[Accessibility] NSF Draft: Section 2 Need

Janina Sajka janina at rednote.net
Wed Apr 7 08:40:59 PDT 2004

* __    Statement of the need for such a gathering and a list of topics;
As noted above, the very diverse and unstructured nature of
stakeholder constituencies which must agree to create a common
layer of accessibility support on open platforms has tended to
prevent the contact and communication needed to achieve such a
goal. There simply has not been an industry forum to support such
an effort--until now. The diverse nature of the technology that
constitutes today's open platform has also made it very difficult
to achieve a comprehensive and cohesive layer of accessibility
support. The heterogeneous nature of toolkits, component inter
process communication models, libraries, and applications on free
and open source platforms has made the development of robust and
effective assistive technologies difficult, at best. Without
consensus among stakeholders, and without standards and binary
interface components:
     *    Users with various disabilities can not effectively use
          the systems.

     *    Systems do not meet legal requirements for
          accessibility (which hampers marketing of free
          standards based systems).

     *    Developers cannot consistently write accessible

     *    Comprehensive and consistent platform services that
          support accessibility do not exist.

     *    Assistive technology developers cannot create assistive
          technologies for free standards platforms.

     *    The lack of standardization prevents leveraging
          existing work, sharing of expertise, and reduces the
          value of individual contributions.

The beneficiaries of the accessibility standardization activity
which will be accelerated by this meeting are numerous, cutting
across all sectors engaged with either providing or using
technology and include:

     *    Implementations of free standards such as GNOME, KDE,
          and GNU software

     *    Vendors of Unix and Linux such as IBM Corporation,
          Novell Corporation, Red Hat Inc., Sun Micro Systems,
          and United Linux, among others.

     *    Vendors of hand-held devices, consumer and business
          products using embedded technologies, as well as those
          providing large industrial systems such as
          Hewlett-Packard Corporation and IBM Corporation, among

     *    Both individual consumers and institutional ones such
          as governmental agencies and educational institutions,
          many of which are now legally required to support

The principle beneficiaries of FSG Accessibility Standards will,
of course, always be persons with disabilities worldwide. They
are the reason for the engineering work we will organize and the
FSG standards which will result from it. However, it is also
important to note that these benefits will be available
world-wide in developing and developed nations alike because cost
will never be a barrier to anyone's participation, either as an
end user or as a technical contributor. This is a fundamental
benefit of open source technology. It explains why research
institutions tend to prefer open platforms for their activities.
And, by including accessibility support through a common layer
that all platforms can adopt, persons with disabilities will be
empowered to participate at any level in technology's benefits
throughout their lives.

The conference agenda will include work on FSG's current
accessibility standardization efforts and on developing a Road
Map, with timelines and deliverables, which can point the way to
a comprehensive solution that is implementable incrementally.
Specific topics which must be addressed and will be discussed at
this conference include:

Part A: Current Tasks

1.) AT-SPI

     The Assistive Technology Service Provider Interface (AT-SPI)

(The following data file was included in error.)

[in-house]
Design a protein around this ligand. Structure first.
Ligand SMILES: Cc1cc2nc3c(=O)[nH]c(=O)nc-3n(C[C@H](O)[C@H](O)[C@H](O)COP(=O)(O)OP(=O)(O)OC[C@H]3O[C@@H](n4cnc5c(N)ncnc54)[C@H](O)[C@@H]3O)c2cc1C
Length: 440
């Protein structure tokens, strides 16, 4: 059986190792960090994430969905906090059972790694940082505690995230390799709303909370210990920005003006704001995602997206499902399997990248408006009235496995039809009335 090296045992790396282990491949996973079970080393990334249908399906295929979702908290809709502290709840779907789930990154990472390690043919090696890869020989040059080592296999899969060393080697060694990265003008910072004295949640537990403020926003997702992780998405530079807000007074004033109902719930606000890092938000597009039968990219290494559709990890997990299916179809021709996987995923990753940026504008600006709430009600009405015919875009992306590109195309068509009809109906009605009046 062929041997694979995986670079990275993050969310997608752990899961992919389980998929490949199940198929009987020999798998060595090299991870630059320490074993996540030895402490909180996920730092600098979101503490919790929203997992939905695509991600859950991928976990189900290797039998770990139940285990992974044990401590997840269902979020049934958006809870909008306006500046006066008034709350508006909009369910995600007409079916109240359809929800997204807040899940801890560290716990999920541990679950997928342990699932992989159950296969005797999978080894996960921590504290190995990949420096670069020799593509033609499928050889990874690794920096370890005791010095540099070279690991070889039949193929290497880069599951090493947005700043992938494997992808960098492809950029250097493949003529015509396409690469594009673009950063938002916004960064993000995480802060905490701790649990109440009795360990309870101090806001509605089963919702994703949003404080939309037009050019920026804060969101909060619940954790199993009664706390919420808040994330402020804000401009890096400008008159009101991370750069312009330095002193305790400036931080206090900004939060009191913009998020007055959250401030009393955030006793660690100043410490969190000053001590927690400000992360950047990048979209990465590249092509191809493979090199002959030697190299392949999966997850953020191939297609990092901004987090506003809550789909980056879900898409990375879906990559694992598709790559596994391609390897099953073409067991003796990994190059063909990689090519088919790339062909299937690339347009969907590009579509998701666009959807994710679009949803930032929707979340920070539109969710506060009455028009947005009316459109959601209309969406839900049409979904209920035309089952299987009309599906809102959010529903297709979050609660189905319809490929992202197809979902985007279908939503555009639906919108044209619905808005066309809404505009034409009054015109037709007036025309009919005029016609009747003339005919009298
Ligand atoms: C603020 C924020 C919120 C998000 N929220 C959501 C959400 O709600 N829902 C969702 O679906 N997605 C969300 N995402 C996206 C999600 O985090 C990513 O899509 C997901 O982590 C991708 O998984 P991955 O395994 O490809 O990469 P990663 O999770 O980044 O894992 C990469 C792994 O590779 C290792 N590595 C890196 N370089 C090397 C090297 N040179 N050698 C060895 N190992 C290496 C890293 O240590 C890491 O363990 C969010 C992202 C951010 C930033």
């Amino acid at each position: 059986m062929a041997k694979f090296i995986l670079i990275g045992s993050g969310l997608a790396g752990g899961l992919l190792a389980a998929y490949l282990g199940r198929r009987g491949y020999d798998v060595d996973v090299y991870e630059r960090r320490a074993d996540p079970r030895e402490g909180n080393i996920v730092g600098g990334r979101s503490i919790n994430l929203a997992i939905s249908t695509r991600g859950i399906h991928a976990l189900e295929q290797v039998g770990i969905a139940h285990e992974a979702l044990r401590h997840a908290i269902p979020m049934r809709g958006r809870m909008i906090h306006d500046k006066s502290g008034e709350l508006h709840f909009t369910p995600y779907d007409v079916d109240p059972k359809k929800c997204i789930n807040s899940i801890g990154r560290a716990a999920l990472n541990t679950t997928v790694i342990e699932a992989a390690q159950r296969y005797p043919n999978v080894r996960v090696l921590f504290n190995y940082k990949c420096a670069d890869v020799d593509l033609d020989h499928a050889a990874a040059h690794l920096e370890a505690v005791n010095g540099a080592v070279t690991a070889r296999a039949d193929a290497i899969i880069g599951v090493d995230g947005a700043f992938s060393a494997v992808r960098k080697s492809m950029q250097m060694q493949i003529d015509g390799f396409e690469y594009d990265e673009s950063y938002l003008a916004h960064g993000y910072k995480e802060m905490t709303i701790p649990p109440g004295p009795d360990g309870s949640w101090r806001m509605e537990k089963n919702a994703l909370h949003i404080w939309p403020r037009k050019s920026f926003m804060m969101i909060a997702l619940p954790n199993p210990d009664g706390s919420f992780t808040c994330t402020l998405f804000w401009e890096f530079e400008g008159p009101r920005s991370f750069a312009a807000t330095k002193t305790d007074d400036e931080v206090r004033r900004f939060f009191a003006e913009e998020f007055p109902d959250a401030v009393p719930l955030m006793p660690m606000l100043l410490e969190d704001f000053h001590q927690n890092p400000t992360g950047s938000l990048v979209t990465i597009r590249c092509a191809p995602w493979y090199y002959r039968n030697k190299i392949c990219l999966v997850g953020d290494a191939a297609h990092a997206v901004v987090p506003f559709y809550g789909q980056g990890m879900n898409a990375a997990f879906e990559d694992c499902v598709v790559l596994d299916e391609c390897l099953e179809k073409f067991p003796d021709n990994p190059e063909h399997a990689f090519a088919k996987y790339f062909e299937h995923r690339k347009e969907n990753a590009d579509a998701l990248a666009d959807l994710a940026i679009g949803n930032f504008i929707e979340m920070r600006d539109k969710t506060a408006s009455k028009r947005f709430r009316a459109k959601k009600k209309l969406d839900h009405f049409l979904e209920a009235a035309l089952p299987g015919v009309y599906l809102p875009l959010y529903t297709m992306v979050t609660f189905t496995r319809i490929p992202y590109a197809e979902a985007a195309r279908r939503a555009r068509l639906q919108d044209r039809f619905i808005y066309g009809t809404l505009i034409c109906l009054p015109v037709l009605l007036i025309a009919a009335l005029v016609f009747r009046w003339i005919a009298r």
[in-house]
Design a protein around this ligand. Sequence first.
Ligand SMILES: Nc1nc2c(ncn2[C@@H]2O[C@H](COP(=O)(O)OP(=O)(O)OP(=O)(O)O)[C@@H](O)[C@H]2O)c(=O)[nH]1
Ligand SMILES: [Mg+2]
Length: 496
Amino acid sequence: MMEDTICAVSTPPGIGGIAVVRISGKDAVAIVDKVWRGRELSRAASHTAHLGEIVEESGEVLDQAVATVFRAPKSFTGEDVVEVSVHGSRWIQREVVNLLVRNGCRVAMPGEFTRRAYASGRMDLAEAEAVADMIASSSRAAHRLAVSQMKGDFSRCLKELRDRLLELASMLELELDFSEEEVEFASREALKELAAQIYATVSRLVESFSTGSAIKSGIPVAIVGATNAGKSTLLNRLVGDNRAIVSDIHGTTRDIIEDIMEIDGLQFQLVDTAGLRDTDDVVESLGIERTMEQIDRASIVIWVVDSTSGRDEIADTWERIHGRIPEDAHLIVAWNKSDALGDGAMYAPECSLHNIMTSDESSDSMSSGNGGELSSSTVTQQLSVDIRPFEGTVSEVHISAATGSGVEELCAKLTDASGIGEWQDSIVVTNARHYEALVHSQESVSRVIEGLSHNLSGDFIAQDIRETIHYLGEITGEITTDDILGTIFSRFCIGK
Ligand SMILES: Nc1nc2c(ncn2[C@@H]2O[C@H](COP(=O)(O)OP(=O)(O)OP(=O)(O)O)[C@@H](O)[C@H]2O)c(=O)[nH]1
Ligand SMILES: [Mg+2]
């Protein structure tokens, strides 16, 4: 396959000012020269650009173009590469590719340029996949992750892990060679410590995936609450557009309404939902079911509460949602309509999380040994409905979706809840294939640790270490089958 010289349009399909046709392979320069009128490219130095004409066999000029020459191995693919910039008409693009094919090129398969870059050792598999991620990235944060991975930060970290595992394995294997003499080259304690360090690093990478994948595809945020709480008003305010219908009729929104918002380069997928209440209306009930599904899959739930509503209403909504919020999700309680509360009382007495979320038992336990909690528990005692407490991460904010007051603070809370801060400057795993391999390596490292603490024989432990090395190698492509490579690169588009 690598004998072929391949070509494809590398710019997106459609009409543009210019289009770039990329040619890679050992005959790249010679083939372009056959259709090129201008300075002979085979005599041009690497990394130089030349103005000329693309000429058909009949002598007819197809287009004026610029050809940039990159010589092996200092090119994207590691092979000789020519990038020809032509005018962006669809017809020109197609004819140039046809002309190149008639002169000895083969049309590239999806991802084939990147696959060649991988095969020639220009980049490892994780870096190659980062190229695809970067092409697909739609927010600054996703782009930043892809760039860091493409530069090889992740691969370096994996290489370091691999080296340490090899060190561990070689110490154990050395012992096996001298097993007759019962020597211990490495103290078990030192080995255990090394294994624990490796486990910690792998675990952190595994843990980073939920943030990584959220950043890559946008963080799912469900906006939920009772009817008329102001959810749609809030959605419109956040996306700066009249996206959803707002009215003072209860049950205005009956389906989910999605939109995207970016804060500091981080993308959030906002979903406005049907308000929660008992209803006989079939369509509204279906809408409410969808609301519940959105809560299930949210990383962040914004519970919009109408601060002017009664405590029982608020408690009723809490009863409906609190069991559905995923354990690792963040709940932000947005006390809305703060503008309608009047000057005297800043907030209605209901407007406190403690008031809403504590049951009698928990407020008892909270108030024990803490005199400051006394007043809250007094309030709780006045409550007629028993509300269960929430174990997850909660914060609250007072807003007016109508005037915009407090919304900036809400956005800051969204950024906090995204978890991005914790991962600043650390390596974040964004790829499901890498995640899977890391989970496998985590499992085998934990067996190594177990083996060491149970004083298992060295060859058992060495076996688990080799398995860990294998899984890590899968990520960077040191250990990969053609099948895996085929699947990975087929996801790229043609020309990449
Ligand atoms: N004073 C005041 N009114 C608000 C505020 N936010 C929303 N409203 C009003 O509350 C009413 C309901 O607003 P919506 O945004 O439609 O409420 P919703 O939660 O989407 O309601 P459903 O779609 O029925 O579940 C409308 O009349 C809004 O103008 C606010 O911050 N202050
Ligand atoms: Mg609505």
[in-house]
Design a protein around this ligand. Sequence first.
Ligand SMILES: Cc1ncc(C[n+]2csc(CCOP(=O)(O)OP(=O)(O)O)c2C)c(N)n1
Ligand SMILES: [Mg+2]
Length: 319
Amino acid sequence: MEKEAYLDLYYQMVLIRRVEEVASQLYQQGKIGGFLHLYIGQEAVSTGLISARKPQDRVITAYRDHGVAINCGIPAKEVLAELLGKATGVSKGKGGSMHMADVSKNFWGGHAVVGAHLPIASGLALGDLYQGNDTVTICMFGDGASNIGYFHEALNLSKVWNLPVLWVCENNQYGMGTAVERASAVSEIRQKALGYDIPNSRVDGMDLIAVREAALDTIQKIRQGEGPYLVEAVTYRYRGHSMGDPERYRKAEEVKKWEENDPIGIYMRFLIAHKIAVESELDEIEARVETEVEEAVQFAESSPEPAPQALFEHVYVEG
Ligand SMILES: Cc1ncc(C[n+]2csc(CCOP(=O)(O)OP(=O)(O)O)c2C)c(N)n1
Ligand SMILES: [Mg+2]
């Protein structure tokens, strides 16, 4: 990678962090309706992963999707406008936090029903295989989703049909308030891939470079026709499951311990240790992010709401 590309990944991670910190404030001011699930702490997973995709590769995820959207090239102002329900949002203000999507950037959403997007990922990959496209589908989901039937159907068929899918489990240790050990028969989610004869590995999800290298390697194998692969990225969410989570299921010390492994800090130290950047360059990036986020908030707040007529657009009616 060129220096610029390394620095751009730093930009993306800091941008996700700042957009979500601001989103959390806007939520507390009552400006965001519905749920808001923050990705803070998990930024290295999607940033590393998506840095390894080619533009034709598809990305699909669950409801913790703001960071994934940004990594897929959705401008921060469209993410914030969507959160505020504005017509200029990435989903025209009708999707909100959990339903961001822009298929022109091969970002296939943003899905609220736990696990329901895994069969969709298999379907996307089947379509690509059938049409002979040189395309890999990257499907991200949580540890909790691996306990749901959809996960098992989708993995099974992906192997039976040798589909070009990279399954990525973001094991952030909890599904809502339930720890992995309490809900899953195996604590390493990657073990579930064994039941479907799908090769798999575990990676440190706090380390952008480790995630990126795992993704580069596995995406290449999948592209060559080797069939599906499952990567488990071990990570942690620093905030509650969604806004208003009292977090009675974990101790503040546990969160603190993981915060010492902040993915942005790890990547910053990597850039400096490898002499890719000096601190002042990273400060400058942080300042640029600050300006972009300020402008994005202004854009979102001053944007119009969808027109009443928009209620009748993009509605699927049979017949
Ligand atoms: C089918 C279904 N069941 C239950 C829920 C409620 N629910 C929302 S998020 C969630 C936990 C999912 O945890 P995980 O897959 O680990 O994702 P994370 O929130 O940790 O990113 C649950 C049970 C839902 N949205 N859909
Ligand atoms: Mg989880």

was developed for the GNOME2 desktop and its approach to
     providing accessibility is in the process of being adopted
     by KDE.

     AT-SPI is toolkit-neutral. It is already compatible with and
     supported by GTK+2, Java/Swing, the Mozilla suite, and
     StarOffice/OpenOffice. Support via reuse of the related ATK
     interface in version 4 of the Qt toolkit (on which KDE is
     based) has been announced by TrollTech.

     AT-SPI enables assistive technology tools, e.g. screen
     readers, magnifiers, and even scripting interfaces to query
     and interact with graphical user interface (GUI) controls.
     As such it facilitates access for individuals who cannot use
     the standard GUI. It enables developers (or a third party)
     to build applications that are, or can be made accessible.

     Yet, adopting the AT-SPI as a standard that platforms and
     products can certify against is a somewhat different
     approach for many in the open standards community. So, while
     the technology approach may be sound, it will nevertheless
     be necessary to obtain stakeholder consensus. It will also
     be necessary to devise and agree on certification

2.) AT Device Shared I/O

     AT device shared I/O would make it possible for devices that
     are commonly used by persons with disabilities to operate
     smoothly with several client applications which a user may
     have open. Not only does the system as a whole need to
     provide appropriate behavior to an application which
     currently has focus, it should facilitate programmatically
     determined output in an appropriate manner aswell.

     Because applications which support accessibility have
     historically been developed by isolated communities, they do
     not necessarily operate without impinging upon one another
     today. In some circumstances, for example, it is necessary
     to support simultaneous access for different client
     applications. For example, allowing a software-based speech
     synthesizer to speak while a multi-media stream is playing,
     rather than queueing its messages to play after the stream
     concludes. In addition, it may also be necessary to have
     messages queue or suppress until a particular window or
     console has focus.\

     This activity supports a seamless user experience from
     bootup, in the console and desktop environments, and through

     We will support/coordinate the development of libraries that
     allow client applications to share these I/O devices. Shared
     access to accessibility related devices, such as Braille
     displays, reduces the cost of ownership and improves the
     user experience. These libraries should offer a generic
     high-level abstraction of the underlying device to allow
     client applications, to use those libraries independent of
     the actual hardware in use. This, in turn, simplifies the
     development of accessibility related software.

3.) Keyboard Accessibility

     Persons unable to use a keyboard and mouse sometimes use
     alternative devices. However, many users can be accommodated
     programatically through software that causes a standard
     keyboard to behave differently. Many of these features and
     behaviors have long been available in the XKB specification.
     Yet some of these features are today in danger of being